Polyvinylpyrrolidone deposition disease in patients with intravenous opioid use: a case series
Journal article, Peer reviewed
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OriginalversjonHuman Pathology. 2021, 116, 102-111. 10.1016/j.humpath.2021.07.009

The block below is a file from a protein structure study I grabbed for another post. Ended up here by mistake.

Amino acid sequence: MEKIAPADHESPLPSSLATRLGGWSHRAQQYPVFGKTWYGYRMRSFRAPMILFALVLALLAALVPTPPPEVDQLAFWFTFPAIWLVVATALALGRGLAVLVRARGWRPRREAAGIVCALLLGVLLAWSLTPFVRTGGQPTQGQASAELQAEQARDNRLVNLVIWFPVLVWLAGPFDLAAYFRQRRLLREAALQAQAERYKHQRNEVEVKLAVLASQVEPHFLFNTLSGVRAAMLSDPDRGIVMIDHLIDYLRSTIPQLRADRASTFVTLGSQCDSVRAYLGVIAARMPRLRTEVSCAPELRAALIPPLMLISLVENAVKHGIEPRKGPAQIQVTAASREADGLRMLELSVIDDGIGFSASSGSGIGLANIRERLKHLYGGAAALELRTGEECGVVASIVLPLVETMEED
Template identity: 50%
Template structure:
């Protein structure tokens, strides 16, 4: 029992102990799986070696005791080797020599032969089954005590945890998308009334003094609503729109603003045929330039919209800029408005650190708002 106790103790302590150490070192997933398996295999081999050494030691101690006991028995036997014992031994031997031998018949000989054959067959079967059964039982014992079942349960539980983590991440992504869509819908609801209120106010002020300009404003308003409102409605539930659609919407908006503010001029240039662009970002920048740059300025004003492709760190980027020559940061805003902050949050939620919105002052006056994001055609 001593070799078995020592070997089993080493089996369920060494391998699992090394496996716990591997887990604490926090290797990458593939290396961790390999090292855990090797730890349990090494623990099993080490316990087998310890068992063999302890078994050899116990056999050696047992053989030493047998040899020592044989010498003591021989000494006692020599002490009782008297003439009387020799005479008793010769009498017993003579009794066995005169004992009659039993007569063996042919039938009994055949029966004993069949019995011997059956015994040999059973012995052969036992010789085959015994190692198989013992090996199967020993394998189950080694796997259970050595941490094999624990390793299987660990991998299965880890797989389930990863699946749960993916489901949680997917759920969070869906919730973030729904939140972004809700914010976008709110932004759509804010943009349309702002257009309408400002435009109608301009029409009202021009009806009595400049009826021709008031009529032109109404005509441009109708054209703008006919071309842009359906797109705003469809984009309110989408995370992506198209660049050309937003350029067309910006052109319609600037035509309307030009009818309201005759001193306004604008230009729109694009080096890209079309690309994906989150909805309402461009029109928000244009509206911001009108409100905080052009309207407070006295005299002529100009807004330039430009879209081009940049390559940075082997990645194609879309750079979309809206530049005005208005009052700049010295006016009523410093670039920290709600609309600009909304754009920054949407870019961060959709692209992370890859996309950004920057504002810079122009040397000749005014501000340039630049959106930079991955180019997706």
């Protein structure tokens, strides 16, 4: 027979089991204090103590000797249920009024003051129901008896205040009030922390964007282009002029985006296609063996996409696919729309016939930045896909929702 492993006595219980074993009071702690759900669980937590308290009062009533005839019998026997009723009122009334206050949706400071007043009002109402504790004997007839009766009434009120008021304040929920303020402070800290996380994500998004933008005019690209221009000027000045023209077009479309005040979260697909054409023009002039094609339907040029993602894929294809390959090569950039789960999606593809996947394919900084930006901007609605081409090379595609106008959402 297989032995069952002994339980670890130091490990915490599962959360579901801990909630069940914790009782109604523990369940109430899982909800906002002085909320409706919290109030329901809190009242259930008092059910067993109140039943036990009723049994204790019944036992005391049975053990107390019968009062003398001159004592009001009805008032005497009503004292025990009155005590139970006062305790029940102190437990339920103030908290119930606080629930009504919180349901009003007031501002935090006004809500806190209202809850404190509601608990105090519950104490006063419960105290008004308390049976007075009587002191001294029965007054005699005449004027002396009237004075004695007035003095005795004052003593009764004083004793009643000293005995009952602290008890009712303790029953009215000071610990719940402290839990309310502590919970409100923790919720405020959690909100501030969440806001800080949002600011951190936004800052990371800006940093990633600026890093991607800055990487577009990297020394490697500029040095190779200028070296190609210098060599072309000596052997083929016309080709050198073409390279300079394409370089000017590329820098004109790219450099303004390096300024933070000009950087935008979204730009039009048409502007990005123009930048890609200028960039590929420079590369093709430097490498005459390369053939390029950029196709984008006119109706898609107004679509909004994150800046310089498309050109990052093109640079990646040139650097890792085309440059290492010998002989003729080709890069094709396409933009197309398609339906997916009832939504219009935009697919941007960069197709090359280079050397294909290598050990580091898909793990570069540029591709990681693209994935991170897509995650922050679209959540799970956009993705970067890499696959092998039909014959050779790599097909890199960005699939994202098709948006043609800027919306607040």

The polymer polyvinylpyrrolidone (PVP) is an excipient widely used in prescription drugs. Depending on the molecular weight (MW), parenterally administered PVP may accumulate in various tissues. Consequently, moderate and high MW PVP have only been used in oral preparations since the late 1970s. Surprisingly, starting in 2009, pathology departments in Norway received biopsies revealing PVP deposition, all from patients with a history of intravenous drug use. We identified 13 patients with PVP deposition and re-evaluated 31 biopsies and two autopsies. Common indications for biopsy were renal insufficiency, anemia, pathological fractures, and abdominal complaints. We observed PVP deposits in all biopsies (kidney, hematopoietic bone marrow, bone, gastrointestinal tract, lymph node, and skin) and all sampled tissue from the autopsies. Overall, the clinical findings could be related to PVP deposits in the biopsies. In the most seriously affected patients, PVP deposition caused severe organ dysfunction and contributed to the fatal outcomes of two patients. All patients except for one were prescribed opioid substitution drugs (OSDs), and most of the patients admitted to having injected such medications. Several OSDs contain PVP. One methadone formulation that was marketed in Norway from 2007 to 2014 contained large amounts of very high MW PVP, making it the most likely source of PVP deposition. Although the presumed source of PVP in these patients has now been withdrawn from the market, pathologists should be aware of PVP deposits when evaluating biopsies from this patient group.